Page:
Mark Stover ’01 has served 3 years as St. Olaf’s Chapel Choir and Viking Chorus conductor. He recently accepted the Associate Directors of Choirs position at the University of Michigan along with a tenure-track role as an assistant professor. The Manitou Messenger conducted an interview with Stover about his time on the Hill and hopes for the future. His answers are transcribed below.
Q:When did you decide that you wanted to be a choir director? What was your journey getting to this point?
Stover: While I was a student here, I was a religion major and very involved in the music and theatre departments … I, of course, enjoyed my religion major but I always knew I just had an insatiable passion for music … Well, you know life happens and I was actually living out in the San Francisco Bay Area working at a Presbyterian Church out there and, as often happens when one works in a church, needs a raise. And there was a need for the church choir … So all of a sudden, I got approached like, ‘Would you be able to help us with our choir?’… And I said, ‘Sure! Why not?’ I went to the first rehearsal and I call it the miracle of the downbeat because I remember it as if it was yesterday, ya know? My hands come down, that sound comes out of those beautiful human beings and it was just like wow. It just changed me. And like that *snaps* that was it … It just felt like a miracle. And I knew that in that moment – especially as I look back – that was kind of like my Paul on the road. Suddenly I was blinded by the transformation. I just was, I knew I had discovered a sense of vocation in that experience.
Q: What is your fondest memory as one of the choral directors here at St. Olaf?
Stover: I think for me, it’s those moments in rehearsal. I’m a process guy. As much as I love concerts or Vespers or Christmas Fest or various things that I do, for me, the journey is the formative piece. Those are the most indelible memories. It’s the laughter in our rehearsal; it’s the moment where something locks and you know that every hair on everybody’s neck is sticking up because it is just stunning. Those are the things that are the real magic moments. When those waves of emotion and power happen that are totally organic and honest. I love that.
Q: What are you looking forward to in your next job as Associate Directors of Choirs at the University of Michigan?
Stover: I am looking forward to creating a new community in a new place with new people I have never met. I love the chance to build relationships and music can be that catalyzing factor of how we get to grow together … I’m almost 40 years old and I have been nurtured and developed in such a meaningful way here in Minnesota – especially at St. Olaf – and to kind of jump into a vastly different pond – maybe ocean, you could say – is going to be a way for me to learn and grow that I think I am really ready for. And I’m excited about that.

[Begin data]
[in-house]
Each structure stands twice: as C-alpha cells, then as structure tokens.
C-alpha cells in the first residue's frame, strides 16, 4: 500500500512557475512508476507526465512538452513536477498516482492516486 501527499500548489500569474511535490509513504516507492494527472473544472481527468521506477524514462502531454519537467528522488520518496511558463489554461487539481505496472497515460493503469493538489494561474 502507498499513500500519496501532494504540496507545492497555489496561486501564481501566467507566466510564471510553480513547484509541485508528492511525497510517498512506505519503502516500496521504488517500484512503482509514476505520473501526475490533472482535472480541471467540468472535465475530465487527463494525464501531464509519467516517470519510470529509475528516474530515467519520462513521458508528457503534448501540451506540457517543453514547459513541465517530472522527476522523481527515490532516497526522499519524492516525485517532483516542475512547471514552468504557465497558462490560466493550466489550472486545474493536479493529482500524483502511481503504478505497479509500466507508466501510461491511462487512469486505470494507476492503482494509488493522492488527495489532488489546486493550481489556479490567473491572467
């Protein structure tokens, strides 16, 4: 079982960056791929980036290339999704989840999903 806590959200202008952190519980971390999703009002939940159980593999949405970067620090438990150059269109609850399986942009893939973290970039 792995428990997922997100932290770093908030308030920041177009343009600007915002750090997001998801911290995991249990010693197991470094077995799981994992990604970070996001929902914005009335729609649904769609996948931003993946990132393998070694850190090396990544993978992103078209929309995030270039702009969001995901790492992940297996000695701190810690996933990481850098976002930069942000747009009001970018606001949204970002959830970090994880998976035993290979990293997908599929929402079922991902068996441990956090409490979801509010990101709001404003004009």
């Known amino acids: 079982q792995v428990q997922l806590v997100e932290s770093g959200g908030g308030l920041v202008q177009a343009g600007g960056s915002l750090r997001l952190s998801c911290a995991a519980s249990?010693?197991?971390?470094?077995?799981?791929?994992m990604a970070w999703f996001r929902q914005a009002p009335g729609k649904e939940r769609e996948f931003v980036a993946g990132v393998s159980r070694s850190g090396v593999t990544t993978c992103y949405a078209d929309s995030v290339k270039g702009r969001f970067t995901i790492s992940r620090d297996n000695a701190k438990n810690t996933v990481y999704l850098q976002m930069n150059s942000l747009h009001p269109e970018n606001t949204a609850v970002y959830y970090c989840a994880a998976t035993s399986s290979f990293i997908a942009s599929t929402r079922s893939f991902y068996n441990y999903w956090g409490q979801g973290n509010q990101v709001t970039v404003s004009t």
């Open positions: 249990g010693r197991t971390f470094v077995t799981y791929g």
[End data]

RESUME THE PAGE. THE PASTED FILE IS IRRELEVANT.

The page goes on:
Q: What are your thoughts on your successor, Tesfa Wondemagegnehu?
Stover: I adore him. I literally still remember just dreaming out loud with my wife, Julie, about: ‘Wouldn’t it be incredible if Tesfa could come and carry the mantle from here?’ And lo and behold it’s what came to pass and I admire him tremendously as a person, as a musician, as someone who is going to care so well for our students and be an inspiration. This has been a life changing opportunity for me and I believe it will be for him as well, and for his family. So I love that I get to hand the baton to someone that I hold in such high regard.
Q: You mentioned that Dr. Anton Armstrong was your mentor and teacher during your time getting your masters from Luther Seminary. Is there anything you’d like to say about Dr. Armstrong?
Stover: I just thank him for pouring his whole self into me and trusting me. He’s trusted me from day one long before I had this job. That is such a gift when someone believes in you and is willing to give you the world. Everything he can, he’s tried to open up to me. So that’s mentorship and trust and truly that’s powerful. He’s just such an incredible person as a leader and as a man of deep faith and a remarkable, transcendent musicianship, excellent. And he’s just invited me into that. That’s the best of what a mentor can be. It’s not a controlled experiment. It’s an open invitation. That’s Anton.
Q: Do you have some words of wisdom to impart on your students?
Stover: When given a choice in life and in the journey of life, always make the choice for people … the best stuff in life and the things we carry with us to our dying days are the people we live it with. Don’t be afraid to take risks. Take the leap. Do the unexpected. See where it goes and enjoy those opportunities to push yourself beyond where you thought you could possibly be.
Q: Anything else you would like to add?
Stover: I have always said I want to be unapologetically me. Because that’s who God made me to be. That’s the way I’m wired up so I want to be like that no matter where I go. I don’t change, I just want to be me and give them my heart and my passion for music and my love of people – all of these things. So that’s kind of where this journey is going … I say to my students, we live life with our arms and our hands open to receive – never to clench and never to hoard – but receive. And you just don’t know the unexpected things that will be placed in your hands. So I have to practice what I preach and this is one of those moments.